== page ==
Neighbor’s and Wise Men: Sacred Encounters in a Portland Pub and Other Unexpected Places is the spiritual memoir of Tony Kriz, also known as the Beat Poet from the book Blue Like Jazz. Tony’s book outlines his experiences as a young new Christian, a missionary in Albania, a struggling theology graduate student, a volunteer clergyman at Reed College, and a community member in one of the most secular cities in the country Portland, OR.
The emphasis of his book is that God as an all powerful communicator, is able to speak to us through people and means that are unexpected and often are outside our Christian sphere. The Biblical examples he uses are the parable of the good Samaritan, who after all, wasn’t a Christian or a Jew, yet he listened to God’s prompting in his life and was obedient in his care for the wounded man in the road. He also discusses the Wise Men who came to adore and present gifts to baby Jesus. They were completely outside the scope of Jewish influence, and Christians didn’t even exist yet. But God alerted them to the coming Messiah, and used them to communicate His love to the new Holy Family. Tony’s argument is that God continues such work today.
To illustrate his point, Tony uses experiences, relationships, and conversations in his own life that guided him towards Christ. As a youth group kid, he was taught that there were essentially two teams in life: the God team, and everyone else. Gradually over time, Tony has come to the conclusion that it’s less simplistic than that. After nearly abandoning his faith, he learned that even people in the most secular or opposite “team” can speak God’s truth into his life. That the hairy guy in the bar can teach him persistence, and encourage him not to abandon his theological studies. That Islamic clerics can teach him that God is bigger than he thinks. That his neighbor across the street can teach him that gardening can be a spiritual practice. And that his home church group can teach him how to be a servant leader, and that forgiveness is the key to Christ-likeness.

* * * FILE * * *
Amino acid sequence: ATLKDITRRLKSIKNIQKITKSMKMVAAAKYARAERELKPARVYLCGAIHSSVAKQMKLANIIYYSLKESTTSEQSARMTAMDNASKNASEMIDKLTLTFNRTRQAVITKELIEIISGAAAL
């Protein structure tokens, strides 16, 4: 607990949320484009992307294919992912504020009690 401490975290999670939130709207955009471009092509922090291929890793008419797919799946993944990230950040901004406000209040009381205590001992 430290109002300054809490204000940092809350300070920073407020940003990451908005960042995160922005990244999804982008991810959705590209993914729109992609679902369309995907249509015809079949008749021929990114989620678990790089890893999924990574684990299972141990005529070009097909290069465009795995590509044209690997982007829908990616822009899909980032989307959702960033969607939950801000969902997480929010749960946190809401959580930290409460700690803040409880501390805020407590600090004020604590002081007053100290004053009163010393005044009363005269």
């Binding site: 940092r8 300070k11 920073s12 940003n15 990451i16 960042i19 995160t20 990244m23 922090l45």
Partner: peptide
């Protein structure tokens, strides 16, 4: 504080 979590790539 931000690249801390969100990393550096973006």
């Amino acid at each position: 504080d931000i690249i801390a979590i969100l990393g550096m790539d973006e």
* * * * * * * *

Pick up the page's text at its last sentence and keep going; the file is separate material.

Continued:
I didn’t agree with everything in this book, but Tony writes in such a way that you don’t need to agree with him to enjoy him. He’s communicating his own testimony and experiences, so who can argue with that? I do believe that his way of approaching ministry in the 20th century is on the cutting edge. In this new era, we need churches that point people to Christ, even if that means pointing them away from Christians or a traditional church. People need more freedom to disagree, and forge their own path to Christ, wresting as they go. Less conformity, more “real life”. I think Tony’s book is a terrific example of why we need more people like him who are able to connect to the outsider, with respect and an attitude of learning rather than superiority.
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